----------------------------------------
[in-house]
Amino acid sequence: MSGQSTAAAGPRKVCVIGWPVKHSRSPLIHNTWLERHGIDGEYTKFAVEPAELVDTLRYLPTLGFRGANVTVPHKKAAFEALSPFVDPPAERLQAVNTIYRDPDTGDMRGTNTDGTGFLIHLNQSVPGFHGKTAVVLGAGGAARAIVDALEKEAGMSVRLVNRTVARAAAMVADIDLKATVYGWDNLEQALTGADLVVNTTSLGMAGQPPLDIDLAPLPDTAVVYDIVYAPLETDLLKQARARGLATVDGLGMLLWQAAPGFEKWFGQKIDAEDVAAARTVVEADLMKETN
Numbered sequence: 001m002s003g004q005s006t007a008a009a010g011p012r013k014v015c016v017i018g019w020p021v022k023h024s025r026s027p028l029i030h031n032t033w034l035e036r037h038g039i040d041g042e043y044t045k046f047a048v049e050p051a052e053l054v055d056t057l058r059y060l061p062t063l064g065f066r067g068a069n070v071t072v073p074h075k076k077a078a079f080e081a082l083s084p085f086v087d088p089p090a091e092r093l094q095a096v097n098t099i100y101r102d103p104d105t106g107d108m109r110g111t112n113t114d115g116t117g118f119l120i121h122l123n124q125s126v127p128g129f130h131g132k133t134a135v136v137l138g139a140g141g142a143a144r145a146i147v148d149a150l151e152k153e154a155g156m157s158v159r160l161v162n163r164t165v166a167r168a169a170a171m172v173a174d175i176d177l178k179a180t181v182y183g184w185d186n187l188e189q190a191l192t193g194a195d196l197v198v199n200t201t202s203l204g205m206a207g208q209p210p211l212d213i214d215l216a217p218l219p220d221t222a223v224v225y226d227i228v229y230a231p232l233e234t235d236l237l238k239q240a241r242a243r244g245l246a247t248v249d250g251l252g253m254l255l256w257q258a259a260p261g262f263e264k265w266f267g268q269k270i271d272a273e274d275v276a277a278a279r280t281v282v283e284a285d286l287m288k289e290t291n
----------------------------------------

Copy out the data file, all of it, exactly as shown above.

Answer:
[in-house]
Amino acid sequence: MSGQSTAAAGPRKVCVIGWPVKHSRSPLIHNTWLERHGIDGEYTKFAVEPAELVDTLRYLPTLGFRGANVTVPHKKAAFEALSPFVDPPAERLQAVNTIYRDPDTGDMRGTNTDGTGFLIHLNQSVPGFHGKTAVVLGAGGAARAIVDALEKEAGMSVRLVNRTVARAAAMVADIDLKATVYGWDNLEQALTGADLVVNTTSLGMAGQPPLDIDLAPLPDTAVVYDIVYAPLETDLLKQARARGLATVDGLGMLLWQAAPGFEKWFGQKIDAEDVAAARTVVEADLMKETN
Numbered sequence: 001m002s003g004q005s006t007a008a009a010g011p012r013k014v015c016v017i018g019w020p021v022k023h024s025r026s027p028l029i030h031n032t033w034l035e036r037h038g039i040d041g042e043y044t045k046f047a048v049e050p051a052e053l054v055d056t057l058r059y060l061p062t063l064g065f066r067g068a069n070v071t072v073p074h075k076k077a078a079f080e081a082l083s084p085f086v087d088p089p090a091e092r093l094q095a096v097n098t099i100y101r102d103p104d105t106g107d108m109r110g111t112n113t114d115g116t117g118f119l120i121h122l123n124q125s126v127p128g129f130h131g132k133t134a135v136v137l138g139a140g141g142a143a144r145a146i147v148d149a150l151e152k153e154a155g156m157s158v159r160l161v162n163r164t165v166a167r168a169a170a171m172v173a174d175i176d177l178k179a180t181v182y183g184w185d186n187l188e189q190a191l192t193g194a195d196l197v198v199n200t201t202s203l204g205m206a207g208q209p210p211l212d213i214d215l216a217p218l219p220d221t222a223v224v225y226d227i228v229y230a231p232l233e234t235d236l237l238k239q240a241r242a243r244g245l246a247t248v249d250g251l252g253m254l255l256w257q258a259a260p261g262f263e264k265w266f267g268q269k270i271d272a273e274d275v276a277a278a279r280t281v282v283e284a285d286l287m288k289e290t291n